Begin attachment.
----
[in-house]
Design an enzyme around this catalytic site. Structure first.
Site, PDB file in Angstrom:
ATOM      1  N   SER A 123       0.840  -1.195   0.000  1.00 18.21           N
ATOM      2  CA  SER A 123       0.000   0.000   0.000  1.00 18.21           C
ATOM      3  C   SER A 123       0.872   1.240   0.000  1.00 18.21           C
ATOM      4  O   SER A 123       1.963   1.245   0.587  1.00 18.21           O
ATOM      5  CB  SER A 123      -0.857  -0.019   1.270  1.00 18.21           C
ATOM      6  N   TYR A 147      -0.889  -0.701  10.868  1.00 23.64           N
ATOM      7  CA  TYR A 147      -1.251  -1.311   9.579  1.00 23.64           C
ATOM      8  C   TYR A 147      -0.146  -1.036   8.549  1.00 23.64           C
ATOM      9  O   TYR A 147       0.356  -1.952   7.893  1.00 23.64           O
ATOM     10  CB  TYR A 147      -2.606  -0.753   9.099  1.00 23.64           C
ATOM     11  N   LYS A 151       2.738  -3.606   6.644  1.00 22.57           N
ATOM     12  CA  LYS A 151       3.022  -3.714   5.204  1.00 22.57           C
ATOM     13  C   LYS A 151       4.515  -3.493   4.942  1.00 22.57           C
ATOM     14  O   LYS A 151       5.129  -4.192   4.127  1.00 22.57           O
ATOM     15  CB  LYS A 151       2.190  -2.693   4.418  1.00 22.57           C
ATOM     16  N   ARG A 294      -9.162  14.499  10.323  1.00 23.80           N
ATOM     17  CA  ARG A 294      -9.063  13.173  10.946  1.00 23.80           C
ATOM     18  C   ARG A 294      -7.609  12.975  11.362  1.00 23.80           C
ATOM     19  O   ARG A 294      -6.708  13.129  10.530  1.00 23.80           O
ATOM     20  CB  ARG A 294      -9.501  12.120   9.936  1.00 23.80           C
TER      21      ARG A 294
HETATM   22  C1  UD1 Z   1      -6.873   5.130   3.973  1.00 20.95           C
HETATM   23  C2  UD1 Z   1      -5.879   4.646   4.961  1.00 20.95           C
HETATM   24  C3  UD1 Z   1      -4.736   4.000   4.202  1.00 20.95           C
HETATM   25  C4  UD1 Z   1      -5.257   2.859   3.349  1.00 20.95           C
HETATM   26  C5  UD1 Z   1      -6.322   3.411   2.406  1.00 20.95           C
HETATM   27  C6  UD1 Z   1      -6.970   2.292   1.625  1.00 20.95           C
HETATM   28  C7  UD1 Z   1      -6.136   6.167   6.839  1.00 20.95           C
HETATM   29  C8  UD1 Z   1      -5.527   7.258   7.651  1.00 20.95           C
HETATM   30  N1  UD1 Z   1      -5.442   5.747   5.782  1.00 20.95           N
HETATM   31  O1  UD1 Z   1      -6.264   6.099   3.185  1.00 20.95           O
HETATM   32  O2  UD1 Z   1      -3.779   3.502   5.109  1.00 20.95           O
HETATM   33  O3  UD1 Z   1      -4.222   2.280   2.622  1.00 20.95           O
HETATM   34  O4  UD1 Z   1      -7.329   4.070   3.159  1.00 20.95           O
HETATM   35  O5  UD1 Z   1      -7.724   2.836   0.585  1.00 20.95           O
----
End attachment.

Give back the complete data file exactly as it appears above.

[in-house]
Design an enzyme around this catalytic site. Structure first.
Site, PDB file in Angstrom:
ATOM      1  N   SER A 123       0.840  -1.195   0.000  1.00 18.21           N
ATOM      2  CA  SER A 123       0.000   0.000   0.000  1.00 18.21           C
ATOM      3  C   SER A 123       0.872   1.240   0.000  1.00 18.21           C
ATOM      4  O   SER A 123       1.963   1.245   0.587  1.00 18.21           O
ATOM      5  CB  SER A 123      -0.857  -0.019   1.270  1.00 18.21           C
ATOM      6  N   TYR A 147      -0.889  -0.701  10.868  1.00 23.64           N
ATOM      7  CA  TYR A 147      -1.251  -1.311   9.579  1.00 23.64           C
ATOM      8  C   TYR A 147      -0.146  -1.036   8.549  1.00 23.64           C
ATOM      9  O   TYR A 147       0.356  -1.952   7.893  1.00 23.64           O
ATOM     10  CB  TYR A 147      -2.606  -0.753   9.099  1.00 23.64           C
ATOM     11  N   LYS A 151       2.738  -3.606   6.644  1.00 22.57           N
ATOM     12  CA  LYS A 151       3.022  -3.714   5.204  1.00 22.57           C
ATOM     13  C   LYS A 151       4.515  -3.493   4.942  1.00 22.57           C
ATOM     14  O   LYS A 151       5.129  -4.192   4.127  1.00 22.57           O
ATOM     15  CB  LYS A 151       2.190  -2.693   4.418  1.00 22.57           C
ATOM     16  N   ARG A 294      -9.162  14.499  10.323  1.00 23.80           N
ATOM     17  CA  ARG A 294      -9.063  13.173  10.946  1.00 23.80           C
ATOM     18  C   ARG A 294      -7.609  12.975  11.362  1.00 23.80           C
ATOM     19  O   ARG A 294      -6.708  13.129  10.530  1.00 23.80           O
ATOM     20  CB  ARG A 294      -9.501  12.120   9.936  1.00 23.80           C
TER      21      ARG A 294
HETATM   22  C1  UD1 Z   1      -6.873   5.130   3.973  1.00 20.95           C
HETATM   23  C2  UD1 Z   1      -5.879   4.646   4.961  1.00 20.95           C
HETATM   24  C3  UD1 Z   1      -4.736   4.000   4.202  1.00 20.95           C
HETATM   25  C4  UD1 Z   1      -5.257   2.859   3.349  1.00 20.95           C
HETATM   26  C5  UD1 Z   1      -6.322   3.411   2.406  1.00 20.95           C
HETATM   27  C6  UD1 Z   1      -6.970   2.292   1.625  1.00 20.95           C
HETATM   28  C7  UD1 Z   1      -6.136   6.167   6.839  1.00 20.95           C
HETATM   29  C8  UD1 Z   1      -5.527   7.258   7.651  1.00 20.95           C
HETATM   30  N1  UD1 Z   1      -5.442   5.747   5.782  1.00 20.95           N
HETATM   31  O1  UD1 Z   1      -6.264   6.099   3.185  1.00 20.95           O
HETATM   32  O2  UD1 Z   1      -3.779   3.502   5.109  1.00 20.95           O
HETATM   33  O3  UD1 Z   1      -4.222   2.280   2.622  1.00 20.95           O
HETATM   34  O4  UD1 Z   1      -7.329   4.070   3.159  1.00 20.95           O
HETATM   35  O5  UD1 Z   1      -7.724   2.836   0.585  1.00 20.95           O